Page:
-Psychological health (6 items): Body image and appearance, negative feelings, positive feelings, self-esteem, spirituality, religion, personal beliefs, thinking, learning, memory and concentration.

-Social relationships (3 items): Personal relationships, social support, sexual activity.

-Environment (8 items): Financial resources, freedom, physical safety and security, health and social care: accessibility and quality, home environment, opportunities for acquiring new information and skills, participation in and opportunities for recreation, leisure activities, physical environment (pollution/noise/traffic/climate), transport.

There are also two items that are examined separately: question 1 asks about an individual’s overall perception of quality of life and question 2 asks about an individual’s overall perception of their health.

The quotation is made on a scale of 5 points, allowing an evaluation of the intensity (« not at all-extremely »), the capacity (« not at allcompletely »), the frequency (« never-always »), the evaluation (« very satisfied/unsatisfied; very good/bad »). The final score varies from 26 to 130 (Appendix 2).

The impact of PTSD on the quality of life is split into three categories according to the severity of the damage. A score between 26 and 61 is considered as a severe impact on the quality of life, the impact is considered moderate between 62 and 96, and the impact is considered minor between 97 and 130.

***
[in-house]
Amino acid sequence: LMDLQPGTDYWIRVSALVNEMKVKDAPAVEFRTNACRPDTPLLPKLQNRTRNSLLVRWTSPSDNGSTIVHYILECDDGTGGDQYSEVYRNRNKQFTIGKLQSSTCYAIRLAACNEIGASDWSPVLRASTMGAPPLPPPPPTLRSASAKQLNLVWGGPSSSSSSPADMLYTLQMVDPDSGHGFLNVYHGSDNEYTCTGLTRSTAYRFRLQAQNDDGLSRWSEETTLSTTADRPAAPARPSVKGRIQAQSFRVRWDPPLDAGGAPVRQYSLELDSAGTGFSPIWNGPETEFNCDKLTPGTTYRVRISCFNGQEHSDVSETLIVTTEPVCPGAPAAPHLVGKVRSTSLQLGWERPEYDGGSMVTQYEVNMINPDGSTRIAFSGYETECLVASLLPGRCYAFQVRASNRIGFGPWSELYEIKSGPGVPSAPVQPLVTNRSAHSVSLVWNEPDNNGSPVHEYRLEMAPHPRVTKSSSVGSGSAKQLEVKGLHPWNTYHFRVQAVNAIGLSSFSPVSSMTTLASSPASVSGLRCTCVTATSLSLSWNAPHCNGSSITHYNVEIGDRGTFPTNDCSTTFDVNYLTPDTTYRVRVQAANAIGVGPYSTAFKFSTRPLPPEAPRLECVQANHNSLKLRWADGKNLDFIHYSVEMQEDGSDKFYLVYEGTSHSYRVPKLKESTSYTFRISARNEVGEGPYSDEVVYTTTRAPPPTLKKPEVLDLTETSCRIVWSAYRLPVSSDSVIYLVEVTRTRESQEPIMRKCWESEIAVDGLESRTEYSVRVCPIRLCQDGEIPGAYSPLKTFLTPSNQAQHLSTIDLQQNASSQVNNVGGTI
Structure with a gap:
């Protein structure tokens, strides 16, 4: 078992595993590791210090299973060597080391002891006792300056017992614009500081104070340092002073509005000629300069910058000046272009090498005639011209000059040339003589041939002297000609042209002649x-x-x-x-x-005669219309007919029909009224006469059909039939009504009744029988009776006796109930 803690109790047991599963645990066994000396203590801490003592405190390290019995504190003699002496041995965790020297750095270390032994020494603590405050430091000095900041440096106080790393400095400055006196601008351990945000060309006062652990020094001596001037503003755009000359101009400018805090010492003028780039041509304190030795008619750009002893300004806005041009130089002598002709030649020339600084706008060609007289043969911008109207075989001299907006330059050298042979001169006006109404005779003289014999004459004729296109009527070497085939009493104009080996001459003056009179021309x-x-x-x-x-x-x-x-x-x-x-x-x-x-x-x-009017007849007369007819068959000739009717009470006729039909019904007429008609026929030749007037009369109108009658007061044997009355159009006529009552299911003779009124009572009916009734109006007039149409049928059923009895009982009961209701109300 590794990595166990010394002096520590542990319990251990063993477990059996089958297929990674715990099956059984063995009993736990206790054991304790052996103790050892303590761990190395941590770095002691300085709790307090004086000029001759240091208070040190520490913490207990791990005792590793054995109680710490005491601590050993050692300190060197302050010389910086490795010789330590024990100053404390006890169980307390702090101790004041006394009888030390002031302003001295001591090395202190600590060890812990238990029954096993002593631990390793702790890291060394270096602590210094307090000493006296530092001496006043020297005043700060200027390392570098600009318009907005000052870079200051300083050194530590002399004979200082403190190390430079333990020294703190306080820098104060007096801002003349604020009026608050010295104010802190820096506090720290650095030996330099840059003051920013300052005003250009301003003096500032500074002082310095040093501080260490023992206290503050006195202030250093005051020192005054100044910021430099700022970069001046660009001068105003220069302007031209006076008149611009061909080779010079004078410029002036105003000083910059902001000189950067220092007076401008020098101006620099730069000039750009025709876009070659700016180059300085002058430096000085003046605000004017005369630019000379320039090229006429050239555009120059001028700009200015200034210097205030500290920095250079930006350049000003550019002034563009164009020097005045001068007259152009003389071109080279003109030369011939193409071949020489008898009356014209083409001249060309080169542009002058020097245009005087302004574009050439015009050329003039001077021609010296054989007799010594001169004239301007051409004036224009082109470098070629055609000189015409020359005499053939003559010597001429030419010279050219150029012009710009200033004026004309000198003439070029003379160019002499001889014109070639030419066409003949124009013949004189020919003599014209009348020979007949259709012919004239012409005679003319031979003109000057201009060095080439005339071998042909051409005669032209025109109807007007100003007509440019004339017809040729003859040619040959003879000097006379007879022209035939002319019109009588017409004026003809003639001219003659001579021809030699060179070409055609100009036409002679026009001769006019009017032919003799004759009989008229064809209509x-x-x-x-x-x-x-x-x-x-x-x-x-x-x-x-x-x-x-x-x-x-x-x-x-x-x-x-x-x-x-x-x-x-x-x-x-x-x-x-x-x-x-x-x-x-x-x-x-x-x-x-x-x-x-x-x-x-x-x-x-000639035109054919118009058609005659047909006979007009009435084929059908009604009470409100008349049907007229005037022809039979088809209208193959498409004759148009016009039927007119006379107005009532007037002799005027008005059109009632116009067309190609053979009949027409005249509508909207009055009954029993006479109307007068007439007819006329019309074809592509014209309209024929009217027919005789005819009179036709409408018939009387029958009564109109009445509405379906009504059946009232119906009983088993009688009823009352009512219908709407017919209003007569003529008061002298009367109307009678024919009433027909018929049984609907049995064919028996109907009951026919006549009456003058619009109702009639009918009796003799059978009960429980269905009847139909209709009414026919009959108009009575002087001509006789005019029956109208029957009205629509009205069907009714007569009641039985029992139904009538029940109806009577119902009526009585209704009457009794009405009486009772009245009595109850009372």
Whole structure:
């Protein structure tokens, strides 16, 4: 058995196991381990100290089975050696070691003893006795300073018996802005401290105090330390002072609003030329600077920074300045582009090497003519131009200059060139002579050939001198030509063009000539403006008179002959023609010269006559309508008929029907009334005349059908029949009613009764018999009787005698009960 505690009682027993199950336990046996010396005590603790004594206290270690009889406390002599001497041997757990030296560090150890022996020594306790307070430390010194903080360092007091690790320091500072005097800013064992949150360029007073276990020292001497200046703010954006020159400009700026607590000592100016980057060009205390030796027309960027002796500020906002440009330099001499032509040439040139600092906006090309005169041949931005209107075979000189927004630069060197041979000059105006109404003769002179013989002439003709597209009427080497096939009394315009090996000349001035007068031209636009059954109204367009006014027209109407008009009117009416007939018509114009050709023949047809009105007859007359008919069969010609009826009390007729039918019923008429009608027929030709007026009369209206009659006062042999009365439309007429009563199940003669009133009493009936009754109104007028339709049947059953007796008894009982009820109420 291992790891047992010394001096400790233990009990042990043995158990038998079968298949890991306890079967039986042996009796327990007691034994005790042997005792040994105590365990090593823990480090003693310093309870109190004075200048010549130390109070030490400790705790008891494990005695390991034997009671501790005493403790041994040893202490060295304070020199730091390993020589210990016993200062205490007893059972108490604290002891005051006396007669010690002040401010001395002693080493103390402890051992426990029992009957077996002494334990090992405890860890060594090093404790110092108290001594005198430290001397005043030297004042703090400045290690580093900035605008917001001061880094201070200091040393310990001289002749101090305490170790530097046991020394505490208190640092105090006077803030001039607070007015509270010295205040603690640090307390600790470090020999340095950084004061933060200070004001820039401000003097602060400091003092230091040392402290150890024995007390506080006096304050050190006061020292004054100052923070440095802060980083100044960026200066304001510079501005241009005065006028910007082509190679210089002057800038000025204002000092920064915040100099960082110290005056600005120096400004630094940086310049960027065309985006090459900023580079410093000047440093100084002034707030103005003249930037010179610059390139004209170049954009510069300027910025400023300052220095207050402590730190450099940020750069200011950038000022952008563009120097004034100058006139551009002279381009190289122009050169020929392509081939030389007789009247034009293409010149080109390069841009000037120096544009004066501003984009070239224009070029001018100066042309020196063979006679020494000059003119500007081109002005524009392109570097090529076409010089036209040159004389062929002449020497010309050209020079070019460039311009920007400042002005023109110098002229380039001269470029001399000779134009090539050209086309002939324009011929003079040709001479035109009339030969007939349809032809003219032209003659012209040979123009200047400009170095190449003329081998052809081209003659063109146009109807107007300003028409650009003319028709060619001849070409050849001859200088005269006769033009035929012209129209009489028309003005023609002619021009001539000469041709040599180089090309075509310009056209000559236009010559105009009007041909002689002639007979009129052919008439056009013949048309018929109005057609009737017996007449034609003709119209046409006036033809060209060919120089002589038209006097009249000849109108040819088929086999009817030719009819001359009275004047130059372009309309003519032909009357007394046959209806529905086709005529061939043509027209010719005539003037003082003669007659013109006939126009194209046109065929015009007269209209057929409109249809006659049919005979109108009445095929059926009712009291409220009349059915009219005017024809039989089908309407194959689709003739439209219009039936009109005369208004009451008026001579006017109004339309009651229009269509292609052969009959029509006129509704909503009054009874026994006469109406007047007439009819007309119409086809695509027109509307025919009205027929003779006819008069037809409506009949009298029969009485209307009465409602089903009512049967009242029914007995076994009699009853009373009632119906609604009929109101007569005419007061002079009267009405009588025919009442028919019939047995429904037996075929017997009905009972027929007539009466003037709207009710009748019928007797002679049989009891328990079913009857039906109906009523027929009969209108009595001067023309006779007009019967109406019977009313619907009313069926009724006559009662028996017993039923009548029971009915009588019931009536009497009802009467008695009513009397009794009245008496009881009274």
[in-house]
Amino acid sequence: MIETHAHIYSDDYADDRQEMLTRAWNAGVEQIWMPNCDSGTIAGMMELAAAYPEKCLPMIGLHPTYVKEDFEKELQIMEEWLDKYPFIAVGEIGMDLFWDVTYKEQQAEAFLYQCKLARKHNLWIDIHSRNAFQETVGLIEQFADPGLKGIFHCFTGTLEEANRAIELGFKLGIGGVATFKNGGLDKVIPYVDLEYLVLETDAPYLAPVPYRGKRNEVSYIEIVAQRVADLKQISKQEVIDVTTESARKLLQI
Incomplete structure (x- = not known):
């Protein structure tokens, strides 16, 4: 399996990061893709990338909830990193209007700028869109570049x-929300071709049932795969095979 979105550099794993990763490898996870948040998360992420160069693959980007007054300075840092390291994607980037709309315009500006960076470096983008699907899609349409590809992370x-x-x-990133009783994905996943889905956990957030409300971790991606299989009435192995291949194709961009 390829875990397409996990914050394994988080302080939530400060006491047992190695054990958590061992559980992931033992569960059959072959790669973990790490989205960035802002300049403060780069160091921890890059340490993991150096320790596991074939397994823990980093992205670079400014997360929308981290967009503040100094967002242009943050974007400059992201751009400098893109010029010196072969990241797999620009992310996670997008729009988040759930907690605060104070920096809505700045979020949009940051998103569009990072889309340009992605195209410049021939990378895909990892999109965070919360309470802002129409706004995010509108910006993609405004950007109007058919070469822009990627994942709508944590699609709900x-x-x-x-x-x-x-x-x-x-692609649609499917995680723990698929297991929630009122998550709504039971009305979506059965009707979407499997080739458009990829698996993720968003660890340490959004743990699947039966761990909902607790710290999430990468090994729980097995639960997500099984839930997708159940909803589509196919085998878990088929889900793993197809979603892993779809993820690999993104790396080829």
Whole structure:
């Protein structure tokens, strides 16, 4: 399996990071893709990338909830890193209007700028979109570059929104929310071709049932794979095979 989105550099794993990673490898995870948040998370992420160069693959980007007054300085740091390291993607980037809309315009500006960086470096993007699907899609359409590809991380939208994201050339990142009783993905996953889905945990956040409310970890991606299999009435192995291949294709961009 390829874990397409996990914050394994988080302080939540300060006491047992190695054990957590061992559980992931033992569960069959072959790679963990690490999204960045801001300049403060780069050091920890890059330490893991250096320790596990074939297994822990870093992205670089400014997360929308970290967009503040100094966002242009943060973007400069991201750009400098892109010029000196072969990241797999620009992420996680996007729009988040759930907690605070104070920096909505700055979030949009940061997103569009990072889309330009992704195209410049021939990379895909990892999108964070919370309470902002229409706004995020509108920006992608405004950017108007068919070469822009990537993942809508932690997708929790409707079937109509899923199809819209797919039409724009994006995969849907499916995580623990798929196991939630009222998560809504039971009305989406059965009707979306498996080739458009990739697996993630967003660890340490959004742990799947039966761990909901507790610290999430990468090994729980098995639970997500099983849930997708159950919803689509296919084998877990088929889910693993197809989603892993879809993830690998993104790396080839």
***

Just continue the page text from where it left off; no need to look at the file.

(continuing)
Statistical analysis

Quantitative data are expressed as the mean ± SD, or median with confidence intervals at 95 % [CI 95 %] according to the normality of their distribution and were compared using the Mann–Whitney nonparametric U test when data were not normally distributed, or Student’s t-test for normally distributed data. Qualitative data are expressed as percentages and were compared using the Fisher’s exact test when data were not normally distributed, or the Chi-squared test for normally distributed data.

The normality of the distribution was determined by the D’Agostino-Pearson test. The level of significance was set at p ‹ 0.05 between the two tested periods (before/after).

All statistical analyses were performed with software R 3.4.0: A Language and Environment for Statistical Computing (R Foundation for Statistical Computing ©, Vienna, Austria).


A flow chart of the study design is depicted in Figure 1. During the study period, 1156 intubated and mechanically ventilated patients were admitted to the surgical ICU of Caen University Hospital. Among the 145 eligible patients (12.5%), 47 patients died, and 36 patients were lost to follow-up before the 3rd month call or they refused to answer. Only 62 patients accepted the follow-up at 3 months, 55 patients accepted at 6 months and 42 patients accepted at one year.